THIS STORY TAKES
PLACE BETWEEN THE BIG
FINISH AUDIO DRAMAS
"OTHER LIVES" AND
BIG FINISH CD#80
RELEASED IN MARCH
The TARDIS lands in
between times, in a
time where there
is no time. A time in
which nothing can
be. But something is...
The Doctor, Charley
and C’rizz are a RISK
to the schedule of a
world where timing
And the seconds are
counting down to
a future that has
Unless they can beat
Time Works is one of the most aurally opulent productions that Big Finish have released to date. Whilst Steve Lyons’ script doesn’t live up to the superlative standard of The Fires of Vulcan or Colditz, it is still a fascinating and eerie tale, buoyed by one of the finest soundscapes that Big Finish have ever produced. Andy Hardwick’s stunning score has a decidedly Celtic feel to it that, when fused with Gareth Jenkins’ supremely evocative sound design, skilfully creates the land “in between times” in the mind of the listener.
Prior to its release, I wondered how similar this story of “clockwork men” would be to the upcoming television episode The Girl in the Fireplace, but it seems that the similarities begin and end with the word “clockwork”. Steven Moffat’s television terrors look like they
are going to be frightening in the conventional, under the bed sense; the clockwork men of Time Works, on the other hand, are a much more psychological menace – “they come in between the ticking of the clock to downsize clockstoppers and time wasters.”
Tracey Childs – who played the starring role of Klein in Lyons’ Colditz - is fabulous as the Figurehead, a character programmed by the occupants of the “old world” to ensure that the inhabitants of the “new world” don’t waste a moment of their lives, even if it means “cutting them back” using the clockwork men. The people of this so-called “old world” were wiped
out by a meteor because they were “too idle” to develop technology, and the Figurehead was their way of preventing their lineage going the same way. Thus Lyons’ script becomes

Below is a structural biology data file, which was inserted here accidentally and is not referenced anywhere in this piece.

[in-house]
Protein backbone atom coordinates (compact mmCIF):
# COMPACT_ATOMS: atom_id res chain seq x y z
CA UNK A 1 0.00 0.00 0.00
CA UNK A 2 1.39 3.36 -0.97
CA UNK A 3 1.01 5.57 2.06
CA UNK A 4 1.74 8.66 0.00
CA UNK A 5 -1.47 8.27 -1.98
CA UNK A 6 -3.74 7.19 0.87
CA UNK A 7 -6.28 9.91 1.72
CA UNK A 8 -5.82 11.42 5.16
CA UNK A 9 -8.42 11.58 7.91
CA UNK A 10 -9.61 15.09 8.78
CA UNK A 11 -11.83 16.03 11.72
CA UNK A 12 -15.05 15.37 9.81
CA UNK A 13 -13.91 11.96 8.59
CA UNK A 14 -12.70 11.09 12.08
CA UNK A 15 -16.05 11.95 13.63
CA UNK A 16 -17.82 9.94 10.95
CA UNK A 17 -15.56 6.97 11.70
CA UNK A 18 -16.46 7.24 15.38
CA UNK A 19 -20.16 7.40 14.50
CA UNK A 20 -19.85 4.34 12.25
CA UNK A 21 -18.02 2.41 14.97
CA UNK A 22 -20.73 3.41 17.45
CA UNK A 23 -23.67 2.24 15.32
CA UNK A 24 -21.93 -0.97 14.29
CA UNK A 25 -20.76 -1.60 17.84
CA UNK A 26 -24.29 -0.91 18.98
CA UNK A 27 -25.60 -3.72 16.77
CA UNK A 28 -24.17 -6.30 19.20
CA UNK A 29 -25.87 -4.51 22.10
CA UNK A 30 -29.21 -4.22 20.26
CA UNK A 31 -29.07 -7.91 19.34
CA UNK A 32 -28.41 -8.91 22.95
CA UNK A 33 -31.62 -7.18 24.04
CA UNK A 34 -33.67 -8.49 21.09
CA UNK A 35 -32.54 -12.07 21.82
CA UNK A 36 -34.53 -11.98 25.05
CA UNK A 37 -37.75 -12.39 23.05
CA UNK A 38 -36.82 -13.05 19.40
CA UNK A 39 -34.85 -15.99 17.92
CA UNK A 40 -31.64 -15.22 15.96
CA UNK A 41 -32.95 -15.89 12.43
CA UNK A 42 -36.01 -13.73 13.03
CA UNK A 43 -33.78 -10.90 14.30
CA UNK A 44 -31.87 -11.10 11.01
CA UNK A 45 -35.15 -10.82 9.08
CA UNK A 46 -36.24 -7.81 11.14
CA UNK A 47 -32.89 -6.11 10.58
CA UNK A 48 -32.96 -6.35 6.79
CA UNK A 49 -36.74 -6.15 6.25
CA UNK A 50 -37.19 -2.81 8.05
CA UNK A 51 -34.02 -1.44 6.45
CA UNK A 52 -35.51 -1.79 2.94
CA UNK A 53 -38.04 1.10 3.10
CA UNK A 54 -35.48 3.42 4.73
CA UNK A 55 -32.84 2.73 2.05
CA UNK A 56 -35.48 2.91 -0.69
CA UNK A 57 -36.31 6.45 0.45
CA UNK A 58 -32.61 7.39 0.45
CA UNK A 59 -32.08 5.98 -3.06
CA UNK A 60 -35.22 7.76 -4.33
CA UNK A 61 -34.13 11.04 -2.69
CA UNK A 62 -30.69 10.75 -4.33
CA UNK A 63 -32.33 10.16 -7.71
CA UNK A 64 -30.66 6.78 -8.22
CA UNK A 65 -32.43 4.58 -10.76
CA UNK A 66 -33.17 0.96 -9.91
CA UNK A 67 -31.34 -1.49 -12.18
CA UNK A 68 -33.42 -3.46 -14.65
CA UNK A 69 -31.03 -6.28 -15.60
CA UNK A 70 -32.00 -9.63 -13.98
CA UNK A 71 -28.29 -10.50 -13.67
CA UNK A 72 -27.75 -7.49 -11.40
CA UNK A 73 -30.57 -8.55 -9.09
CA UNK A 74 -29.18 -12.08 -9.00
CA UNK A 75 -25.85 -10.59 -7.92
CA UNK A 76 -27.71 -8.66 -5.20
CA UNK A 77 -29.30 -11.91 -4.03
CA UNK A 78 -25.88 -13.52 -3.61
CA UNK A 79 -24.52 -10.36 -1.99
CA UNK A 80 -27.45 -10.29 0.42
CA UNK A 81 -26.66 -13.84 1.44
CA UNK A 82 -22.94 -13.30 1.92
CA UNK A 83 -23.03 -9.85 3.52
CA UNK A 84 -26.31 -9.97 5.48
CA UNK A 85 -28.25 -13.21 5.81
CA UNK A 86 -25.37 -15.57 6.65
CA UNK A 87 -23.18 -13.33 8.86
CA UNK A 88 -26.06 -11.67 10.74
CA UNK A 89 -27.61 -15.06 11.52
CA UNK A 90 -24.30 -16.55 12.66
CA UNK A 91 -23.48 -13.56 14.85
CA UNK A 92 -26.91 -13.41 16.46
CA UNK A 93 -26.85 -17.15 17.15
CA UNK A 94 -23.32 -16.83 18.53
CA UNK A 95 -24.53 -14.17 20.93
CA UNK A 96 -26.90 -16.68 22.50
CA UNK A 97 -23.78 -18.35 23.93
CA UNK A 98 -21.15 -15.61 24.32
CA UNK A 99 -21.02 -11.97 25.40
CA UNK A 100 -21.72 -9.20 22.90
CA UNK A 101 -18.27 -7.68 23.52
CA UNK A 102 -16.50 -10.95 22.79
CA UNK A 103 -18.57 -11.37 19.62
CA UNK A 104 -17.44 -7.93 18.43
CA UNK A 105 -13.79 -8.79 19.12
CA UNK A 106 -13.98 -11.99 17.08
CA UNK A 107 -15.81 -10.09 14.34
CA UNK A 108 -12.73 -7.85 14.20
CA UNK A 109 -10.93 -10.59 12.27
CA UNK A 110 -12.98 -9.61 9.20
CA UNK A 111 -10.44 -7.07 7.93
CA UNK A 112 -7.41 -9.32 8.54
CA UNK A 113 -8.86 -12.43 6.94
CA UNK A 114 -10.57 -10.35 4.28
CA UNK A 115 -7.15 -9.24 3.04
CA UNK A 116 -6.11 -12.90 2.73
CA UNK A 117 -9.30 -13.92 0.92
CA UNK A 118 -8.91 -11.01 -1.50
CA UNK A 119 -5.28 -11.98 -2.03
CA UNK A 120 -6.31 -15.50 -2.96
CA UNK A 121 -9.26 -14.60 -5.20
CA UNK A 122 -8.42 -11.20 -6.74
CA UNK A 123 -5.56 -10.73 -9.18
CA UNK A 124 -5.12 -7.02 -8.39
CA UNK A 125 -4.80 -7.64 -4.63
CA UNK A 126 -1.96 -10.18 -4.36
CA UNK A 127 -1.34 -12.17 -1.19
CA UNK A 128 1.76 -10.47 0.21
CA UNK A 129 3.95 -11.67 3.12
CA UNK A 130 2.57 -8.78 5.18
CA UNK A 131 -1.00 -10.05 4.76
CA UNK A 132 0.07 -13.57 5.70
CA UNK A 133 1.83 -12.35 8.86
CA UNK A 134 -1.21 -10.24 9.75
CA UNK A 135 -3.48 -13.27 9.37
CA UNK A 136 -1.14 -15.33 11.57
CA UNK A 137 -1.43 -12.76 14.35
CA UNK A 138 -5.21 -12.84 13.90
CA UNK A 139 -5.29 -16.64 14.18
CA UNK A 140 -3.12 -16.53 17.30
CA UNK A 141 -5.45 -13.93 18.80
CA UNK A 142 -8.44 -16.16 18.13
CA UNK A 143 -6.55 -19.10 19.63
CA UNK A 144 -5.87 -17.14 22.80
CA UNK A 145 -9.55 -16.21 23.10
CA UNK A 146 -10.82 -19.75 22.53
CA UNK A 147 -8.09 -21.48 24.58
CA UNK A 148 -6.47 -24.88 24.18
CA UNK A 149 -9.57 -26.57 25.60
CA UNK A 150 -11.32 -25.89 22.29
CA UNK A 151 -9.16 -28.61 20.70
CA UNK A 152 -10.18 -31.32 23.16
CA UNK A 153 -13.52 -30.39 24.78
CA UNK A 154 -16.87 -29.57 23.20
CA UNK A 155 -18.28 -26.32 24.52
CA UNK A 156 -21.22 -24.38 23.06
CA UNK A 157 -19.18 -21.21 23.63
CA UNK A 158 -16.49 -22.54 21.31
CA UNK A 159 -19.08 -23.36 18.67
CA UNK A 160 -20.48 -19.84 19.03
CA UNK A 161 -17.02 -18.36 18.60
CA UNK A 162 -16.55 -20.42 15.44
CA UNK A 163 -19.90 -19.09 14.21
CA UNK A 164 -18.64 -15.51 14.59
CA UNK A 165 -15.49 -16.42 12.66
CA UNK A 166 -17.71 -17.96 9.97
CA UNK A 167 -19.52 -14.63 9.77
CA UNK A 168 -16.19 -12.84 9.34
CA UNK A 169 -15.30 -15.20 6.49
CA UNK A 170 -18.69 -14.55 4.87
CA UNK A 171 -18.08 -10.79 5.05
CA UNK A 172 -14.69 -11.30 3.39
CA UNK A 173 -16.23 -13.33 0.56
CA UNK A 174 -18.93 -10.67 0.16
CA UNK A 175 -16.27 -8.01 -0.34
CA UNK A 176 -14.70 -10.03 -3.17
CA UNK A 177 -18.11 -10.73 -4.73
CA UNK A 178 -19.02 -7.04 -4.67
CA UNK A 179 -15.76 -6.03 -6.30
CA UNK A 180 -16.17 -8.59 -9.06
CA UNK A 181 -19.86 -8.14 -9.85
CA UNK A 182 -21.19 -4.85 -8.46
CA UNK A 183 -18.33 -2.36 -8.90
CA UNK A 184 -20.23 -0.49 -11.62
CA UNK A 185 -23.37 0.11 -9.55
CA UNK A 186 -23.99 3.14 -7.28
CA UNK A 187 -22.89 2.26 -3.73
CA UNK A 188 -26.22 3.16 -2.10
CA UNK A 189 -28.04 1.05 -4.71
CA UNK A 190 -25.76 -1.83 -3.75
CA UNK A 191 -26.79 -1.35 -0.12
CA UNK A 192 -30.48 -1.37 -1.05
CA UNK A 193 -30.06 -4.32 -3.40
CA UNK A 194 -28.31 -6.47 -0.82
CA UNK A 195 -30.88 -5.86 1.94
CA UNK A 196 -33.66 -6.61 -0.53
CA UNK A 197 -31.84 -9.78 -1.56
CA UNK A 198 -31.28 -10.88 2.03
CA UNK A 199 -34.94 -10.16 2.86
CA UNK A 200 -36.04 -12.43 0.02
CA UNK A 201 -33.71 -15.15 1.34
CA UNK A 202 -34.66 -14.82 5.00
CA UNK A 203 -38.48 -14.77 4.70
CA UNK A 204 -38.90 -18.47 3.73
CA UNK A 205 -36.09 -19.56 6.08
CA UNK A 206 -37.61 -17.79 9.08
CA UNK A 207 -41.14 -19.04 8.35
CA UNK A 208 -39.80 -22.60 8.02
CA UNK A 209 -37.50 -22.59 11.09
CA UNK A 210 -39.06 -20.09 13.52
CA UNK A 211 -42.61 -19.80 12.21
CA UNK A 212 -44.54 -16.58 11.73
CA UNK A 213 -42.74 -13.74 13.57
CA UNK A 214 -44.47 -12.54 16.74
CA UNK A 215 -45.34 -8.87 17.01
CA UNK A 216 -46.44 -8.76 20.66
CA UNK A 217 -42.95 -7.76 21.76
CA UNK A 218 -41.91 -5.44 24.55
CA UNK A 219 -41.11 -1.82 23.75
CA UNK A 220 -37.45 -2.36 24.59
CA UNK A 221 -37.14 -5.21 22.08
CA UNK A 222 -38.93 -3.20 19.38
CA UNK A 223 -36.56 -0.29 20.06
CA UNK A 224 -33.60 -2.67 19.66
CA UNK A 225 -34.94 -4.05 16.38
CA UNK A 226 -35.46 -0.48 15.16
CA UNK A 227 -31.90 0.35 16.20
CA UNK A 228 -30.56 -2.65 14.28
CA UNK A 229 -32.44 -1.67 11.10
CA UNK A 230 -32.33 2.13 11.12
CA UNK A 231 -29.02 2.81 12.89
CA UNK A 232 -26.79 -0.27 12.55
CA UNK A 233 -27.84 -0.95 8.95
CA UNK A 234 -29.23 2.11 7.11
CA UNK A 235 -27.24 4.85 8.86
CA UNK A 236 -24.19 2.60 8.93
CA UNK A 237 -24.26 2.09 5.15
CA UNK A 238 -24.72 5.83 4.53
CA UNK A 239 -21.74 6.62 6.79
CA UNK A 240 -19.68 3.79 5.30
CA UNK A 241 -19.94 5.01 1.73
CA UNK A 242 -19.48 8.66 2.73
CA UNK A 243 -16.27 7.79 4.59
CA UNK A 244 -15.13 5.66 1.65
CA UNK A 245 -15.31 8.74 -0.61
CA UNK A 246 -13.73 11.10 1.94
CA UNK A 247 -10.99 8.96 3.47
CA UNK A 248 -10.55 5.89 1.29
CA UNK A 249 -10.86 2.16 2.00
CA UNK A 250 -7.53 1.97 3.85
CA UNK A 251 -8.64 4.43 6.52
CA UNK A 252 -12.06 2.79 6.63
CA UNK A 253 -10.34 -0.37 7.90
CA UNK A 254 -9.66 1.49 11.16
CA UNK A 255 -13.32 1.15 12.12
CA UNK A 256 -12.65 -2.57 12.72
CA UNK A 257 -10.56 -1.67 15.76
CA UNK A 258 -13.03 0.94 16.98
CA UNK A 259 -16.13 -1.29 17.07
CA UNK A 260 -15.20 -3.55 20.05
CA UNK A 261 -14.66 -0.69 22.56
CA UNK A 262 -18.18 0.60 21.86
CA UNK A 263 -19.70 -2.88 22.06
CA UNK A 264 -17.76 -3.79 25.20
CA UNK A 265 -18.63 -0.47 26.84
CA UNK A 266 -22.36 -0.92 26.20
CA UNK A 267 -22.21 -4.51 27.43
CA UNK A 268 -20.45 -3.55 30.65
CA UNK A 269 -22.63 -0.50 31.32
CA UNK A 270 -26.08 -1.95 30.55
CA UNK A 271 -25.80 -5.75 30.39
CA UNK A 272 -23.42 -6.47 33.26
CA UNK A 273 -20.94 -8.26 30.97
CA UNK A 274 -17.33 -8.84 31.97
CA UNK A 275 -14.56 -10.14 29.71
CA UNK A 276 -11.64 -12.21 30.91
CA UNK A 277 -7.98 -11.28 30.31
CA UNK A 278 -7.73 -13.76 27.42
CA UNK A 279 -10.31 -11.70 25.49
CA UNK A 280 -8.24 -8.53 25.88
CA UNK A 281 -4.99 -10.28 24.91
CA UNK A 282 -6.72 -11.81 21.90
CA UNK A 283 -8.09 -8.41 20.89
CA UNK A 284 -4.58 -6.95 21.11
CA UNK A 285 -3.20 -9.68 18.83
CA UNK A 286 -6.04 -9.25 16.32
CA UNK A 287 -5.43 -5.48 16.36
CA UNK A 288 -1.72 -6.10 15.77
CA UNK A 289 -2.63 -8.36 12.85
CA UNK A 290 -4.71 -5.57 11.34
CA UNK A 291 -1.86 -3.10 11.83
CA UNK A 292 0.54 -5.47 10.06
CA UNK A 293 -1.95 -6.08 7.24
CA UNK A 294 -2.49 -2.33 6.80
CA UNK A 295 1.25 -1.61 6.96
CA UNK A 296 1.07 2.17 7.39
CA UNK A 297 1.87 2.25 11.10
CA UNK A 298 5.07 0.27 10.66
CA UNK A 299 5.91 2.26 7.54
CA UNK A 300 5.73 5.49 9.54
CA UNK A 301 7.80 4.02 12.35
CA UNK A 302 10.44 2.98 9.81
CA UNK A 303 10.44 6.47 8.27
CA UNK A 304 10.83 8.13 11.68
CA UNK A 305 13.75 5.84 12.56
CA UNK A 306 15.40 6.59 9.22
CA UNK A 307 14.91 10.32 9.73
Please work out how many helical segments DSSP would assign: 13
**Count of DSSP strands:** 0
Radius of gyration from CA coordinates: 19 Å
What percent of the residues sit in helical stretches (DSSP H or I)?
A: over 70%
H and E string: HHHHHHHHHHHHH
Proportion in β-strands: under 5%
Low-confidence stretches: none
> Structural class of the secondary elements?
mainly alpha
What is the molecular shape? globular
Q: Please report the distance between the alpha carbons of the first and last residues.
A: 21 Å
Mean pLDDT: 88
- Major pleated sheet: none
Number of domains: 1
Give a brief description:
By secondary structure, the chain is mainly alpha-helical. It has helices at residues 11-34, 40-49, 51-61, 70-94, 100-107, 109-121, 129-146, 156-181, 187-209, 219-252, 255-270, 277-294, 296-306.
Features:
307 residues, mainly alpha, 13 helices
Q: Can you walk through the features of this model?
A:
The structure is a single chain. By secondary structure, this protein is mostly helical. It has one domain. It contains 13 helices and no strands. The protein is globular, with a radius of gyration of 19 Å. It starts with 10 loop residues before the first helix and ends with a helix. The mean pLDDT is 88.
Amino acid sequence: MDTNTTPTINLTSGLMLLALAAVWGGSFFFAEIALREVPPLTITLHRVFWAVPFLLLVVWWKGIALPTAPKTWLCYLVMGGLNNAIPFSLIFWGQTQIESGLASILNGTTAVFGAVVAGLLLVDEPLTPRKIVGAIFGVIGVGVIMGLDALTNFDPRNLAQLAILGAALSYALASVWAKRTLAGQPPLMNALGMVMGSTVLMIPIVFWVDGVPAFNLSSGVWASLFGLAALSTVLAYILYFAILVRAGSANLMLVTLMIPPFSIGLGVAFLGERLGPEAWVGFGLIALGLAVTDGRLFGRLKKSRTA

a bald-faced allegory for modern working life – anyone who has ever worked in an office is sure to appreciate the former high-street bank worker’s wry musings, and in particular his chilling corruption of certain buzz phrases.
However, whilst I really enjoyed
Charley and C’rizz’s thread of
the story, I found the Doctor’s
side of things to be a little more
predictable. Thankfully though,
Paul McGann’s Doctor is back
to his very best, bouncing from
scene to scene with that Tom Baker verve and revelling in the adventure, really lending his scenes with Kestorian (the “good King”) and Zanith (the “idle prince”) some much-needed zest. What’s more, his interaction with Beth Vyse’s Vannet - a struggling merchant whose husband had to be “downsized” - is actually quite touching at times.
In the end, the only real problem with Time Works is that it isn’t as good as Lyons’ earlier plays for Big Finish or contemporary Doctor Who competition; a fact that is brought into sharp focus by its being released amidst all the hype surrounding the return of the television series to our screens. All the same, it is an enchanting and observant piece that has been immaculately produced.
Copyright © E.G. Wolverson 2006
E.G. Wolverson has asserted his right under the Copyright, Designs and Patents Act, 1988 to be identified as the author of this work.
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